teams in each health board, to help ensure that     During our review, we found that overall, each
care and advice is provided in a holistic way.      health board provided appropriate help and
However, staff we spoke with across Wales told      support in these tragic circumstances.
us that the perinatal mental health support         Our inspections found each maternity unit had
available to women required improvement and         dedicated bereavement rooms available for
strengthening.                                      grieving parents and families, which offered a
We found an example of noteworthy practice          calm and peaceful environment.
in Swansea Bay, where there is a joint working      Specialist bereavement midwives were in post in
group in place, which consists of midwives,         all health boards, and were very knowledgeable,
health visitors, social services and voluntary      supportive and approachable. Almost all staff we
agencies, such as Surestart and Homestart (which    spoke with said they had received bereavement
are available through the Perinatal Response and    training and were confident in caring for any
Management Services (PRAMS))36. We found            recently bereaved parents, and that guidelines,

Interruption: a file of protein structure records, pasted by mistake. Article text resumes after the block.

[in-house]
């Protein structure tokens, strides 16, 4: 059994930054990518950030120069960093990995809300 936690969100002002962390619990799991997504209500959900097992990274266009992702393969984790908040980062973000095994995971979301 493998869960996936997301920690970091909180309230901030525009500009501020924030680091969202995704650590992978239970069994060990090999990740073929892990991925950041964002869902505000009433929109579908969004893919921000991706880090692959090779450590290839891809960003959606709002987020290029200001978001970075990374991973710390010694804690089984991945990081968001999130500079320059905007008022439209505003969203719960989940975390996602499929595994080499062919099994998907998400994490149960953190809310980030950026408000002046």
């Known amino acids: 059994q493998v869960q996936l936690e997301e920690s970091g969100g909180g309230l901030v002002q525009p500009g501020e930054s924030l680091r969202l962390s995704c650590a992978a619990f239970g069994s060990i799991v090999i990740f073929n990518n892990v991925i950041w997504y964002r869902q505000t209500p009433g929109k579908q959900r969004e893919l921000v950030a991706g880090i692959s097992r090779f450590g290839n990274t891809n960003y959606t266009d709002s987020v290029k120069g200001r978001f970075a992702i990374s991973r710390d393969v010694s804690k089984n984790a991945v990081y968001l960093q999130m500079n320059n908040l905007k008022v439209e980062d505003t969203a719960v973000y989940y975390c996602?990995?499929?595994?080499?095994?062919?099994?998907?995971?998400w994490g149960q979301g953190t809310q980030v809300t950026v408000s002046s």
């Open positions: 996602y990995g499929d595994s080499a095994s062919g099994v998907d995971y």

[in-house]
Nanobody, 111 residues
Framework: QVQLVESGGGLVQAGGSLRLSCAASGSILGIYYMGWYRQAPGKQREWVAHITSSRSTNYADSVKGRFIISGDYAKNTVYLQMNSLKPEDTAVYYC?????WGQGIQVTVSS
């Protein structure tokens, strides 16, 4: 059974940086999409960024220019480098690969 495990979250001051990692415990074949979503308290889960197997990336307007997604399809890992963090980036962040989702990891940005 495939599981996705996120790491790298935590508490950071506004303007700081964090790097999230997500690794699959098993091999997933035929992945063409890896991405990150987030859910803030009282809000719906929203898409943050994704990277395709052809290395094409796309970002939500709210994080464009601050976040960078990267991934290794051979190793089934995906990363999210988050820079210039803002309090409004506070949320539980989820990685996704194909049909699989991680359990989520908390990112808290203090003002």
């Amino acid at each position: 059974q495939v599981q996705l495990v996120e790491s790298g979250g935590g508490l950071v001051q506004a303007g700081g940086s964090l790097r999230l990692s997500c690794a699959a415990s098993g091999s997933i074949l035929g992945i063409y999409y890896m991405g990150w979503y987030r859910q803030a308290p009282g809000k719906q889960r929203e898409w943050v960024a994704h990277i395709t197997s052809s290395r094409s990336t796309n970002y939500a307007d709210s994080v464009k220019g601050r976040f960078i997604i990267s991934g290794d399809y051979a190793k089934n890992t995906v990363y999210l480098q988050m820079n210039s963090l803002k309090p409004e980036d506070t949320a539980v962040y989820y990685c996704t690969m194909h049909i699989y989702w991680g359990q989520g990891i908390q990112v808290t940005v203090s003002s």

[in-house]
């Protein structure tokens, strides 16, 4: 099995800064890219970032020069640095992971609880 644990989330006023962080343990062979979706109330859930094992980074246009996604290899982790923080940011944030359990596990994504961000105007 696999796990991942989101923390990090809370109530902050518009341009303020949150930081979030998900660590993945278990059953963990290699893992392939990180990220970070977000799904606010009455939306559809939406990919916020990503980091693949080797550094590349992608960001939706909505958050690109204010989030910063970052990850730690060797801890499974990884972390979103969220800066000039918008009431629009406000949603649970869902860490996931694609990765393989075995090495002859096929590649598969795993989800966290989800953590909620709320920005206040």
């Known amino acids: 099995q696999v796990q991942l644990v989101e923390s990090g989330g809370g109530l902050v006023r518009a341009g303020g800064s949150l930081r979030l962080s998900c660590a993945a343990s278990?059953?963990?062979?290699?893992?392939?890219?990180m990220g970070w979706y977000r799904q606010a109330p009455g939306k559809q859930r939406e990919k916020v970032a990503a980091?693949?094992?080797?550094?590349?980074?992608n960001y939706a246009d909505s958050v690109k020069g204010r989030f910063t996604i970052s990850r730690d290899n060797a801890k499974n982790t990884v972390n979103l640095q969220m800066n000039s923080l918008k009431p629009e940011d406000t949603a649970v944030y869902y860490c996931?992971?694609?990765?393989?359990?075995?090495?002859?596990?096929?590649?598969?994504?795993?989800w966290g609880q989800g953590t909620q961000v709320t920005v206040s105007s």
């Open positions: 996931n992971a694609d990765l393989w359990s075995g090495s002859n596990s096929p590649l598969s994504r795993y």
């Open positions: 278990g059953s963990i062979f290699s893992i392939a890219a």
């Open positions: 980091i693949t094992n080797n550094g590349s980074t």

the PRAMS service leading the way in Wales, in      local policies and other support were available to
treating and supporting pregnant women and          enhance this. Midwives and maternity support
new mothers who may be at risk of developing        workers highlighted in our staff survey that
mental health problems. This is something that      bereavement training was provided to a very
should be considered by all health boards, where    high standard. This was consistent with our
it has not already been introduced.                 findings throughout our inspections. However,
Whilst the overall number of people who raised      it was noted that access to timely bereavement
concerns with us about mental health support        training requires improvement.
was low, it is clear that the adequacy of mental    Numerous bereavement support services are in
health support can have a significant and lasting   place, to support women and families who have
impact on women who use maternity services.         experienced a traumatic birth, or for those who
We believe that mental health support requires      want to question or gain further understanding
focus and improvement nationally, to ensure         about their birth experience. Women were
appropriate support is available in a timely        also given the option of meeting with senior
manner during times of crisis. If left untreated,   midwives to talk though their experiences and
mental health issues can have significant effects   receive additional support and information. Each
on woman, their baby and the wider family.          health board had its own bereavement support
                                                    service in place for women and their families.